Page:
South Africa Style

The civilized safari

Think of Bushmans Kloof, in the Western Cape of South Africa, as the un-safari. This 16-room lodge, three hours from Cape Town, has completely rethought the idea of the wilderness retreat, focusing more on anthropology and botany than on the traditional thrills of big-game spotting. Bushmans Kloof isn't the place for a first trip to South Africa—that's what Kruger National Park is for—but for the old safari hand it offers a glimpse of an entirely different side of the country.

The lodge represents the only human habitation in a nature preserve that contains an astonishing variety of rare plants and ancient rock-art sites. Created between 2,500 and 10,000 years ago by extinct Bushman tribes, the cave drawings—which depict hunts, shamanistic rituals, and millennia of unsolved mysteries—were made of natural pigments mixed with animal blood and fat. The land itself possesses an equally mystical quality: Carpets of wildflowers and clear-water pools sit alongside a dramatic ravine ("kloof " means ravine in Afrikaans). The area, long known as an area for day hikes, never had a lodge before, let alone one pitching itself at the high end. ("It was a brave thing to do," says general manager Fred Stow of the decision to build Bushmans.) But there's no shortage of reasons to spend a long weekend here, beginning with the airy colonial-theme suites, the terrific spa, and an inspired kitchen serving such local dishes as springbok loin with chocolate oil and guinea fowl tagine.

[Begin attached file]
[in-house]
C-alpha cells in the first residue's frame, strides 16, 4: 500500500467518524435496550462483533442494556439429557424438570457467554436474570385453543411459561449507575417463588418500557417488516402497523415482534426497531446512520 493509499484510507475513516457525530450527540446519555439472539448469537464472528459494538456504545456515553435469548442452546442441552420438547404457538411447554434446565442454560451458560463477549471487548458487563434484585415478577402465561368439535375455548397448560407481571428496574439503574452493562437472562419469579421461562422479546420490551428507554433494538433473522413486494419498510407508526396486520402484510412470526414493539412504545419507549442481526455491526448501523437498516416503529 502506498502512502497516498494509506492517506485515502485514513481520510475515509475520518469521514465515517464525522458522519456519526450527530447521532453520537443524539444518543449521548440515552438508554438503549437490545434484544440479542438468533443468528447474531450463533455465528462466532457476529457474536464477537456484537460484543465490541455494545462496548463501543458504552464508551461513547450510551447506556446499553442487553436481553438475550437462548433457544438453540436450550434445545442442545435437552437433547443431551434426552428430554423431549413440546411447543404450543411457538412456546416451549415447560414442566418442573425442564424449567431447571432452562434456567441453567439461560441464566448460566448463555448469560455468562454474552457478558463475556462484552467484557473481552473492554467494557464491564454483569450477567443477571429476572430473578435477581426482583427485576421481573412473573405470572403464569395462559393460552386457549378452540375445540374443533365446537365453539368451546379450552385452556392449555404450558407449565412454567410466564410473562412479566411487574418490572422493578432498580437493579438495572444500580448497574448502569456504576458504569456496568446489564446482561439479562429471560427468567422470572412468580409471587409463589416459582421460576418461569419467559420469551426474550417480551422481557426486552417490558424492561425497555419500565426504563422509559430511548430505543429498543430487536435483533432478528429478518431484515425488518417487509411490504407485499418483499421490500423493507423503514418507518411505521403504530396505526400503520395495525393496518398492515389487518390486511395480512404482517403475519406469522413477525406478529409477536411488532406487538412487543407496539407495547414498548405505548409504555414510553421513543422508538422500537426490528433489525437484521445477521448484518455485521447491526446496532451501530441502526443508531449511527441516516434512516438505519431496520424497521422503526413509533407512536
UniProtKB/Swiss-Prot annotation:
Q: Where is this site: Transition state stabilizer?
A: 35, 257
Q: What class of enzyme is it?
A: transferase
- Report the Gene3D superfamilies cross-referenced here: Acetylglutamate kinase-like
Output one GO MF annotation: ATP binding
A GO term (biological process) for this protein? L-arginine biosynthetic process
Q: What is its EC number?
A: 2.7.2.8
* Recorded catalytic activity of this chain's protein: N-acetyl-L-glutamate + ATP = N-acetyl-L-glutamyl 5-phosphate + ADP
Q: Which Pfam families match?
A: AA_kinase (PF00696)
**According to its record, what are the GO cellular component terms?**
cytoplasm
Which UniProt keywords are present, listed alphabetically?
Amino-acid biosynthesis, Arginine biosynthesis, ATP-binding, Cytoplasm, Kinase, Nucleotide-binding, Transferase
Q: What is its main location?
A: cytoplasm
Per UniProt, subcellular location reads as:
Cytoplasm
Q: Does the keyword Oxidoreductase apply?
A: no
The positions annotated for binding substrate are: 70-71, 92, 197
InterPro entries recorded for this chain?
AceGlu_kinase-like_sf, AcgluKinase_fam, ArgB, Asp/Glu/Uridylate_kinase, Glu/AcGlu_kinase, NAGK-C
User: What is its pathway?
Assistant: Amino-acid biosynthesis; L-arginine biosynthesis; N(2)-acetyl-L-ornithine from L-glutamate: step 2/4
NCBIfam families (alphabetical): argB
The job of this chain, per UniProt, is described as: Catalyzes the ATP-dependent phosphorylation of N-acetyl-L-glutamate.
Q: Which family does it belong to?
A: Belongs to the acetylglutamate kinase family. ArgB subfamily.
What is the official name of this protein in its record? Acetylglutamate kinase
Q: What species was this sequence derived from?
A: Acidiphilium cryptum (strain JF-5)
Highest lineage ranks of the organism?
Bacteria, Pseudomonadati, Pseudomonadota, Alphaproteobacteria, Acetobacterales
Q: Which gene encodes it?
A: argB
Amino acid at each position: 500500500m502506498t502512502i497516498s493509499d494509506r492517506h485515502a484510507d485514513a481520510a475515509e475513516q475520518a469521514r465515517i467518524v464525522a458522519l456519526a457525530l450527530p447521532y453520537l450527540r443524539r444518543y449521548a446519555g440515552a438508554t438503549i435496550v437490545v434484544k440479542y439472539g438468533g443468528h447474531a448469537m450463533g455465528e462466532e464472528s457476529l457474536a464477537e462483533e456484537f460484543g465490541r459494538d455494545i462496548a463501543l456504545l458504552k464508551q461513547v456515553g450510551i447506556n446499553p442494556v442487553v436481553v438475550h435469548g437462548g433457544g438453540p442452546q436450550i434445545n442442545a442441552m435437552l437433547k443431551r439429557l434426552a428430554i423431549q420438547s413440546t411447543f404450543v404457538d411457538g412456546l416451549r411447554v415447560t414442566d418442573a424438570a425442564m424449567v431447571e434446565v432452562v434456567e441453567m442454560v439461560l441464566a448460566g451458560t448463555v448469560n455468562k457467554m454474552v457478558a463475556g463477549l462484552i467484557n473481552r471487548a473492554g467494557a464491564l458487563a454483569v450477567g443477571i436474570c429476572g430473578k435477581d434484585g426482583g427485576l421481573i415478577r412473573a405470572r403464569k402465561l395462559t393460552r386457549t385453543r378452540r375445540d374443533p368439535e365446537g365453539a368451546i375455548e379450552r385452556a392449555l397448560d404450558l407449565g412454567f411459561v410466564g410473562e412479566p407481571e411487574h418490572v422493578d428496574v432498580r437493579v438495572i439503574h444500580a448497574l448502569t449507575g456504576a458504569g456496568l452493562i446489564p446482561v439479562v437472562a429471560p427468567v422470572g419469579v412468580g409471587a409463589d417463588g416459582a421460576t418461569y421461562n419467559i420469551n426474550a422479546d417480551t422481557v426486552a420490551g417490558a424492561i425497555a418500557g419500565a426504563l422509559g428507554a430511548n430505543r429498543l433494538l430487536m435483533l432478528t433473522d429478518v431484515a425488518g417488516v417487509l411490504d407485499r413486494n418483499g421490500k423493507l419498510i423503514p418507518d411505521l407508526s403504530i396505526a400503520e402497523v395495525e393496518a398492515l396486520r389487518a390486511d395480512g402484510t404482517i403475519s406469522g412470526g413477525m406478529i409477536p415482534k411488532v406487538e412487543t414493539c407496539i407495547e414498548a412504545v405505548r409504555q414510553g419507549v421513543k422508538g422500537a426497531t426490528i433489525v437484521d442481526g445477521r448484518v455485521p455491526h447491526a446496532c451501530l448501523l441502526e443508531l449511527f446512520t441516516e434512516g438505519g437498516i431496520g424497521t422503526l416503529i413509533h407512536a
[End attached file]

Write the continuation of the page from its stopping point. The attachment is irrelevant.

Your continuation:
Each morning rangers with backgrounds in botany, archaeology, and zoology lead rock-art excursions and trips into the flora, explaining things like the history of the Elephant Hunt painting and why the leavees of the sand olive taste like almond. The afternoons are devoted to biking, archery, fly-fishing, and canoeing. Not until evening do the Range Rovers head out in search of the bontebok herds and packs of endangered cape mountain zebra. There are animals at Bushmans Kloof, but you don't have to get up at 5 a.m. to see them, as you would at many other lodges. Stow says, "We put an emphasis on relaxation and intellectual stimulation." From $290 to $520 per person, including meals and activities; 27-21/685-2598;